Species Spotlight: American Bison

November 12, 2009, 12:06 pm
Perhaps no other animal symbolizes the West as dramatically as the American bison, which has roamed the North American Continent from the Great Slave Lake in northern Canada, south into Mexico and from coast to coast for millions of years. Bison are part of the family Bovidae, to which cattle and goats belong. Often referred to as buffalo, this name is in fact a misnomer as they are not in the same family that includes “true” buffaloes—Asian and African buffalo. One of the physical differences between the old world buffalo and the American bison is the large shoulder hump of the bison. This hump, along with a broad, massive head, short, thick neck and small hindquarters give the animal its rugged appearance.

In 1800, the 40 million bison roamed the plains foraging for grass and sedge, forming the backbone of the American Indian economy. The bison sustained a way of life, providing food, clothing, shelter and fuel. By 1883, there were no wild bison in the United States. The majority of the 40 million animals were killed in a 55-year period, beginning in 1830. By 1900, there were fewer than 600 left in North America. The extermination of the species marked the end of American Indian independence, as no resource could replace the buffalo to support tribes’ economic infrastructure. Many people denounced the slaughter, but few did anything to stop it. With fortuitous foresight, the American Bison Society was formed in 1905 to secure the survival of this species. With the help of captive breeding and reintroductions to the wild, the American bison population is now relatively secure, with more than 500,000 animals, all of which descended from a handful of survivors saved by a small group of dedicated conservationists.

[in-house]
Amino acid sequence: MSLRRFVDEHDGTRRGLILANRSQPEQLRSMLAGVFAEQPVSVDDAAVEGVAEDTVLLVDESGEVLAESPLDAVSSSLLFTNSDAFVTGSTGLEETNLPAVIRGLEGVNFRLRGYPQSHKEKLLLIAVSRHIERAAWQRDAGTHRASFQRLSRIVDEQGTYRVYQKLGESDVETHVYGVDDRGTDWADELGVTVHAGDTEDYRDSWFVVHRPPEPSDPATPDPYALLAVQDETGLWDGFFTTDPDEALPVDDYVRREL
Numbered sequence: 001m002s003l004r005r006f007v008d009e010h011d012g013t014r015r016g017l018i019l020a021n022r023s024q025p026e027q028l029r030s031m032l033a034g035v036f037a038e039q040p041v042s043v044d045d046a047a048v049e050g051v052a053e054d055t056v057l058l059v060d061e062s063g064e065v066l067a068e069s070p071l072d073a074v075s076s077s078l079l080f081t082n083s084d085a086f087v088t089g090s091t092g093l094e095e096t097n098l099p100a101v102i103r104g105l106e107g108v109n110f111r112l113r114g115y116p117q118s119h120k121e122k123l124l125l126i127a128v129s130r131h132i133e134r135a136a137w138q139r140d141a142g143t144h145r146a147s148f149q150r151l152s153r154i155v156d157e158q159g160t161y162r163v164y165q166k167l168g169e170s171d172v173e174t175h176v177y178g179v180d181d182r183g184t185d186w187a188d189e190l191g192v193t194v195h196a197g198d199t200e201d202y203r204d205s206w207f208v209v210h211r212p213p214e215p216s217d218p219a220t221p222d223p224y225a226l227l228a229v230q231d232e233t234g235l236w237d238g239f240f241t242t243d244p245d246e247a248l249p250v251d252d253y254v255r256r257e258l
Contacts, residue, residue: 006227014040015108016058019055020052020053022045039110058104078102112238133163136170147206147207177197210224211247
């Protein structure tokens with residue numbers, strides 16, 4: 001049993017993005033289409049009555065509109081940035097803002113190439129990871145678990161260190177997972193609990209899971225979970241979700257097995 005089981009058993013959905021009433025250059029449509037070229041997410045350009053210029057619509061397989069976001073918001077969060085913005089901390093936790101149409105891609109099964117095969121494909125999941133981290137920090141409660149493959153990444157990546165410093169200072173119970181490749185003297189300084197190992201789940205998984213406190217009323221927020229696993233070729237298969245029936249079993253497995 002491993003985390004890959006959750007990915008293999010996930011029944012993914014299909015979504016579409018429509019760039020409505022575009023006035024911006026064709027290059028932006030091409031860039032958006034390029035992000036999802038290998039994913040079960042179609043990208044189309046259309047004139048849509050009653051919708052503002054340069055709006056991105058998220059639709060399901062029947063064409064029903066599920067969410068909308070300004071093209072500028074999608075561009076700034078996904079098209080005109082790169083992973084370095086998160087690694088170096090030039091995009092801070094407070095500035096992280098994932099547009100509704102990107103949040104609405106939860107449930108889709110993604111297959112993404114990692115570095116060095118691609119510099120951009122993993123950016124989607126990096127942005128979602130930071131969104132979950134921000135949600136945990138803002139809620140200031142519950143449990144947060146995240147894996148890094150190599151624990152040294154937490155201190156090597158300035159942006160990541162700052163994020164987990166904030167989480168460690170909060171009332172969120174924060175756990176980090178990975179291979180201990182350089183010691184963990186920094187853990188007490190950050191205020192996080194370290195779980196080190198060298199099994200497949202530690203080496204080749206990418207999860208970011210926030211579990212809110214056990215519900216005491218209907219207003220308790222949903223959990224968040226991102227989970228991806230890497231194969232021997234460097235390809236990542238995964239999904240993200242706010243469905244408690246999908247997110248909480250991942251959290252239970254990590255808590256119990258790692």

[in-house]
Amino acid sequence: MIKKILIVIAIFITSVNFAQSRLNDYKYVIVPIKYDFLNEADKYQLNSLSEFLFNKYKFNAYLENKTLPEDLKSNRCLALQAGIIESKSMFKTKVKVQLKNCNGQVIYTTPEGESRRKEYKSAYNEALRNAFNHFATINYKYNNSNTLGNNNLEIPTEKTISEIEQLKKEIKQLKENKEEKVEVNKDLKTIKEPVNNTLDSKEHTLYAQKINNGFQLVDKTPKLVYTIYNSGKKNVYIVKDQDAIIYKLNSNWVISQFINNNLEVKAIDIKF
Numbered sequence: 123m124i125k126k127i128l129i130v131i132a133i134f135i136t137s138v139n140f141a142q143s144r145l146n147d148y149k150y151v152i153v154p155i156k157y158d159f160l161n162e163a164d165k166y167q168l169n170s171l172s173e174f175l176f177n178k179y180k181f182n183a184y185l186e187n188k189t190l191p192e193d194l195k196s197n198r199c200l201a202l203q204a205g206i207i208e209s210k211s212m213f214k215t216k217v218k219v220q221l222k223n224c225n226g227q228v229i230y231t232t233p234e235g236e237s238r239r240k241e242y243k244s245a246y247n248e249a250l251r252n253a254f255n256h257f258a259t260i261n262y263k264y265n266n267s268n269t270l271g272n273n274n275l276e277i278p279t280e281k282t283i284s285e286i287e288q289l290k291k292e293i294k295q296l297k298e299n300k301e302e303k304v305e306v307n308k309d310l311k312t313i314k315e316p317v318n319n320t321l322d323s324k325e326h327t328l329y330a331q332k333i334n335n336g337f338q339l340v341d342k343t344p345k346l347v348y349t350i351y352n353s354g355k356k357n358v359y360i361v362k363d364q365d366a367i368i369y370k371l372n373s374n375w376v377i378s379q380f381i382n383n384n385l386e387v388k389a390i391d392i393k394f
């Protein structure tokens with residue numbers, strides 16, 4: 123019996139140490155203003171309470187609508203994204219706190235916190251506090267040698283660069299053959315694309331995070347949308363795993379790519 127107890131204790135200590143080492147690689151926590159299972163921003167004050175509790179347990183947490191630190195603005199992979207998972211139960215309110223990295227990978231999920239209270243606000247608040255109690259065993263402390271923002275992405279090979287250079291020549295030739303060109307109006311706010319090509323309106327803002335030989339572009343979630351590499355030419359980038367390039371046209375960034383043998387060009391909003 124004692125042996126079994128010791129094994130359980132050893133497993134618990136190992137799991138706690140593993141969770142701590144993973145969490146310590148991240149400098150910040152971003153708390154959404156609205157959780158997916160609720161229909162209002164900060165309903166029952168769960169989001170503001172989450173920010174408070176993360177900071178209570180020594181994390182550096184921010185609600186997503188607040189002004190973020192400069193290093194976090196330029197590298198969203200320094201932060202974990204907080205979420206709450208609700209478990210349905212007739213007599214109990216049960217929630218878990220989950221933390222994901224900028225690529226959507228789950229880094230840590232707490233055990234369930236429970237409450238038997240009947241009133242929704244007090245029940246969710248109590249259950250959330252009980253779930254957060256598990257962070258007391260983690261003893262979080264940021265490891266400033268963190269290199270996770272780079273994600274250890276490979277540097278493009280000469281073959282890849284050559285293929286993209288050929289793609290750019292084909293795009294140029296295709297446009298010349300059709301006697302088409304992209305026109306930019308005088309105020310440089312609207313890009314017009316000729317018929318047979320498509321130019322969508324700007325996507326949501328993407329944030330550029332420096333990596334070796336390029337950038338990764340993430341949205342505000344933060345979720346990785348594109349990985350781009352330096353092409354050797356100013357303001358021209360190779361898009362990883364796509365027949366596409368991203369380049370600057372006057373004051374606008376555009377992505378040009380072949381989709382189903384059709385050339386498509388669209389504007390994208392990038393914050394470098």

There are two distinct subspecies of bison—the Plains Bison (Bison bison bison), smaller in size and with a more rounded hump, and the Wood Bison (Bison bison athabascae), which is the larger of the two and with a taller, square hump.

Bison are the largest land mammals in the Americas. The distinct dark brown coat is long and shaggy on the forequarters, covering its front legs, neck, and shoulders. Calves are ruddy at birth, but generally change to dark brown by 6 months of age.  Males may be up a third larger than females. The shoulders are massive and humped with the head carried low. Both sexes possess horns (not antlers) that arch backwards, outwards and then upwards, curving in slightly to form blunt tips.

Despite their size, bison are incredible athletes, able to run at speeds of up to 50 kmph/30 mph, jump 6 to 8 feet high, and swim rivers more than 1 km/0.6 miles wide. During the breeding seasons males will bellow - a sound which may carry up to 5 kilometers / 3 miles.

Body Length: Up to 12.5 feet/380 cm
Shoulder Height: Up 6.5 feet/195 cm

Weight: Adult males can weigh more than 2,000 pounds though they average between 545-818 kg/1,200-1,800 pounds. Females are typically a third smaller than males.

Park Habitat:

Native to the Badlands, bison were extirpated from this area by the 1880s. In 1963, bison were reintroduced into the Sage Creek basin. Due to a fear of the disease brucellosis, Badlands bison are not a free-ranging herd and are contained within 64,000 acres to keep them from mingling with surrounding cattle herds (though no Badlands bison have ever tested positive for brucellosis, a disease that causes the death of calves during the birth process.) While you’ll see an occasional bison along the park road, the best place to see them is along the unpaved Sage Creek Rim Road.

Bison graze on prairie grasses and sedge common to their prairie and wooded habitat.  In the winter, bison will paw away in deep snow to reach the dried shrubs, lichen and moss trapped underneath.

Interesting Fact:
Many sources assert that the nickname for the U.S. 10th Cavalry Regiment of the United States Army—the Buffalo Soldiers—was given to them by the Comanche tribe out of respect for their fierce fighting ability.

There are several other parks where the buffalo roam, including:

Theodore Roosevelt National Park

Capitol Reef National Park - reintroduced

Grand Teton National Park

Wind Cave National Park - reintroduced

Wrangell-St. Elias National Park - introduced

Yellowstone National Park